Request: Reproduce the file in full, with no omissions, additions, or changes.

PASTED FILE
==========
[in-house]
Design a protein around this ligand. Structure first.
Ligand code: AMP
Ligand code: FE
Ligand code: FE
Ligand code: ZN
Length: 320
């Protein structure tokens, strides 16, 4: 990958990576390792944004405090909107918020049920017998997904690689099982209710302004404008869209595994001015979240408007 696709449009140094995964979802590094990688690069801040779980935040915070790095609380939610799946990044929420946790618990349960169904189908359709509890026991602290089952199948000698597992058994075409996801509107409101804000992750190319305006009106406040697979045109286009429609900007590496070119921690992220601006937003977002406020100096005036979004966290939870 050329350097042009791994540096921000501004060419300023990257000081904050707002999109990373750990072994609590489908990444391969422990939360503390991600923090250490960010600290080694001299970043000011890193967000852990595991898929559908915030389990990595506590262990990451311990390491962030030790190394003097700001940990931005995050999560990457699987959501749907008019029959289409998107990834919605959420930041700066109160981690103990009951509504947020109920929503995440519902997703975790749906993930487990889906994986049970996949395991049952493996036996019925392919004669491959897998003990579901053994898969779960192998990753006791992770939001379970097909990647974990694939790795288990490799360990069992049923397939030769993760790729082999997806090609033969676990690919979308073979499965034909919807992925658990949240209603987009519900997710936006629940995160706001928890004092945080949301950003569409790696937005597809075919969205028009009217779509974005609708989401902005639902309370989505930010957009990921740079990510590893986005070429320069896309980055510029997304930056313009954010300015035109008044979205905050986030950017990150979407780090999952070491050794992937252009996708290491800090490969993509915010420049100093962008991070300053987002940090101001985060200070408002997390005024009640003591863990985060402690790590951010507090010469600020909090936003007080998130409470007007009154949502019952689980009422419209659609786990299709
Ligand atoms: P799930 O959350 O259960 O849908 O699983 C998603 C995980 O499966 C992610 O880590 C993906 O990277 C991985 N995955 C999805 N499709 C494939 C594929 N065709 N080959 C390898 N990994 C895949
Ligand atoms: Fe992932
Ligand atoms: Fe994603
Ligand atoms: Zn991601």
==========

[in-house]
Design a protein around this ligand. Structure first.
Ligand code: AMP
Ligand code: FE
Ligand code: FE
Ligand code: ZN
Length: 320
């Protein structure tokens, strides 16, 4: 990958990576390792944004405090909107918020049920017998997904690689099982209710302004404008869209595994001015979240408007 696709449009140094995964979802590094990688690069801040779980935040915070790095609380939610799946990044929420946790618990349960169904189908359709509890026991602290089952199948000698597992058994075409996801509107409101804000992750190319305006009106406040697979045109286009429609900007590496070119921690992220601006937003977002406020100096005036979004966290939870 050329350097042009791994540096921000501004060419300023990257000081904050707002999109990373750990072994609590489908990444391969422990939360503390991600923090250490960010600290080694001299970043000011890193967000852990595991898929559908915030389990990595506590262990990451311990390491962030030790190394003097700001940990931005995050999560990457699987959501749907008019029959289409998107990834919605959420930041700066109160981690103990009951509504947020109920929503995440519902997703975790749906993930487990889906994986049970996949395991049952493996036996019925392919004669491959897998003990579901053994898969779960192998990753006791992770939001379970097909990647974990694939790795288990490799360990069992049923397939030769993760790729082999997806090609033969676990690919979308073979499965034909919807992925658990949240209603987009519900997710936006629940995160706001928890004092945080949301950003569409790696937005597809075919969205028009009217779509974005609708989401902005639902309370989505930010957009990921740079990510590893986005070429320069896309980055510029997304930056313009954010300015035109008044979205905050986030950017990150979407780090999952070491050794992937252009996708290491800090490969993509915010420049100093962008991070300053987002940090101001985060200070408002997390005024009640003591863990985060402690790590951010507090010469600020909090936003007080998130409470007007009154949502019952689980009422419209659609786990299709
Ligand atoms: P799930 O959350 O259960 O849908 O699983 C998603 C995980 O499966 C992610 O880590 C993906 O990277 C991985 N995955 C999805 N499709 C494939 C594929 N065709 N080959 C390898 N990994 C895949
Ligand atoms: Fe992932
Ligand atoms: Fe994603
Ligand atoms: Zn991601």